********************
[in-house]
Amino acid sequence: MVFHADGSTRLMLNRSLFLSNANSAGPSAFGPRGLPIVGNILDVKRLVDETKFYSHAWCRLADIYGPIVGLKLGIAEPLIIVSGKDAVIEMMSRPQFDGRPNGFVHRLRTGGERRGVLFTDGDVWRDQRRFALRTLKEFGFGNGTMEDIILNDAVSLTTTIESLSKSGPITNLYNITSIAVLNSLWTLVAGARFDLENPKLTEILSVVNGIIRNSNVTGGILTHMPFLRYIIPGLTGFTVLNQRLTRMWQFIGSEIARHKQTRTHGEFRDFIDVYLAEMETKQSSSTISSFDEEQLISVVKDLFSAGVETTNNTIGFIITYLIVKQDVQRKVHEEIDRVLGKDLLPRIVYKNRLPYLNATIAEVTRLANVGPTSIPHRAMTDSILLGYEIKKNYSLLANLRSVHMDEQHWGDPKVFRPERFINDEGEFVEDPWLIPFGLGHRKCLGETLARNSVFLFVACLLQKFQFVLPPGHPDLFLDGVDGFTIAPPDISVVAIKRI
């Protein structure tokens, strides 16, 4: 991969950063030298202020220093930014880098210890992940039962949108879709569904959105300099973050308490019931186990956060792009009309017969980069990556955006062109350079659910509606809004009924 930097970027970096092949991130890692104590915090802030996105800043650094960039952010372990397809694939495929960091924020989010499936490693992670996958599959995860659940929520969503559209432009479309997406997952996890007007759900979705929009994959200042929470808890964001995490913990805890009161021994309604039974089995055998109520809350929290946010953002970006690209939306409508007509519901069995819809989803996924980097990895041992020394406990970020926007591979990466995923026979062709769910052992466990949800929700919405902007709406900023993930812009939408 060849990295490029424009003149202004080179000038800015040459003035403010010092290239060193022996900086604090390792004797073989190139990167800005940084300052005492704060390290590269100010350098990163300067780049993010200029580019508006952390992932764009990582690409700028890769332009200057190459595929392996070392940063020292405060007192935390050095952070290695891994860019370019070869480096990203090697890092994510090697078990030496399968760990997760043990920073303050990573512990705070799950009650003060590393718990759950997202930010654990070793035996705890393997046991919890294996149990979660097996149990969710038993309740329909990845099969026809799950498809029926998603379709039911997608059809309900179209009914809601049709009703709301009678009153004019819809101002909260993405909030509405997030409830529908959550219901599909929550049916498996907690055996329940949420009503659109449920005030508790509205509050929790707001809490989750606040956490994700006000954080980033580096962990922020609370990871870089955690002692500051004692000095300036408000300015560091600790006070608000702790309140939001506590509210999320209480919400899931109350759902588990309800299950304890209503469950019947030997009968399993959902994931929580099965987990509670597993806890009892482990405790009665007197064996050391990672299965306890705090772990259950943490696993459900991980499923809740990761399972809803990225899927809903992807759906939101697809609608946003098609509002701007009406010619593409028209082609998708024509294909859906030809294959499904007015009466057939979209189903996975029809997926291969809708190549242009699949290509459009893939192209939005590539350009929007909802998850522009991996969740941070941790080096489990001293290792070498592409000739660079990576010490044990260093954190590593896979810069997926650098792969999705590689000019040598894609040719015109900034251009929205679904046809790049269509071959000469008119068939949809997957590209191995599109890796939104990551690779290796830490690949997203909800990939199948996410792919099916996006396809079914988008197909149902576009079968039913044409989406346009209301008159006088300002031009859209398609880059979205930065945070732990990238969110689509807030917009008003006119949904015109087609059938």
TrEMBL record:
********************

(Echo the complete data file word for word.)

[in-house]
Amino acid sequence: MVFHADGSTRLMLNRSLFLSNANSAGPSAFGPRGLPIVGNILDVKRLVDETKFYSHAWCRLADIYGPIVGLKLGIAEPLIIVSGKDAVIEMMSRPQFDGRPNGFVHRLRTGGERRGVLFTDGDVWRDQRRFALRTLKEFGFGNGTMEDIILNDAVSLTTTIESLSKSGPITNLYNITSIAVLNSLWTLVAGARFDLENPKLTEILSVVNGIIRNSNVTGGILTHMPFLRYIIPGLTGFTVLNQRLTRMWQFIGSEIARHKQTRTHGEFRDFIDVYLAEMETKQSSSTISSFDEEQLISVVKDLFSAGVETTNNTIGFIITYLIVKQDVQRKVHEEIDRVLGKDLLPRIVYKNRLPYLNATIAEVTRLANVGPTSIPHRAMTDSILLGYEIKKNYSLLANLRSVHMDEQHWGDPKVFRPERFINDEGEFVEDPWLIPFGLGHRKCLGETLARNSVFLFVACLLQKFQFVLPPGHPDLFLDGVDGFTIAPPDISVVAIKRI
């Protein structure tokens, strides 16, 4: 991969950063030298202020220093930014880098210890992940039962949108879709569904959105300099973050308490019931186990956060792009009309017969980069990556955006062109350079659910509606809004009924 930097970027970096092949991130890692104590915090802030996105800043650094960039952010372990397809694939495929960091924020989010499936490693992670996958599959995860659940929520969503559209432009479309997406997952996890007007759900979705929009994959200042929470808890964001995490913990805890009161021994309604039974089995055998109520809350929290946010953002970006690209939306409508007509519901069995819809989803996924980097990895041992020394406990970020926007591979990466995923026979062709769910052992466990949800929700919405902007709406900023993930812009939408 060849990295490029424009003149202004080179000038800015040459003035403010010092290239060193022996900086604090390792004797073989190139990167800005940084300052005492704060390290590269100010350098990163300067780049993010200029580019508006952390992932764009990582690409700028890769332009200057190459595929392996070392940063020292405060007192935390050095952070290695891994860019370019070869480096990203090697890092994510090697078990030496399968760990997760043990920073303050990573512990705070799950009650003060590393718990759950997202930010654990070793035996705890393997046991919890294996149990979660097996149990969710038993309740329909990845099969026809799950498809029926998603379709039911997608059809309900179209009914809601049709009703709301009678009153004019819809101002909260993405909030509405997030409830529908959550219901599909929550049916498996907690055996329940949420009503659109449920005030508790509205509050929790707001809490989750606040956490994700006000954080980033580096962990922020609370990871870089955690002692500051004692000095300036408000300015560091600790006070608000702790309140939001506590509210999320209480919400899931109350759902588990309800299950304890209503469950019947030997009968399993959902994931929580099965987990509670597993806890009892482990405790009665007197064996050391990672299965306890705090772990259950943490696993459900991980499923809740990761399972809803990225899927809903992807759906939101697809609608946003098609509002701007009406010619593409028209082609998708024509294909859906030809294959499904007015009466057939979209189903996975029809997926291969809708190549242009699949290509459009893939192209939005590539350009929007909802998850522009991996969740941070941790080096489990001293290792070498592409000739660079990576010490044990260093954190590593896979810069997926650098792969999705590689000019040598894609040719015109900034251009929205679904046809790049269509071959000469008119068939949809997957590209191995599109890796939104990551690779290796830490690949997203909800990939199948996410792919099916996006396809079914988008197909149902576009079968039913044409989406346009209301008159006088300002031009859209398609880059979205930065945070732990990238969110689509807030917009008003006119949904015109087609059938």
TrEMBL record: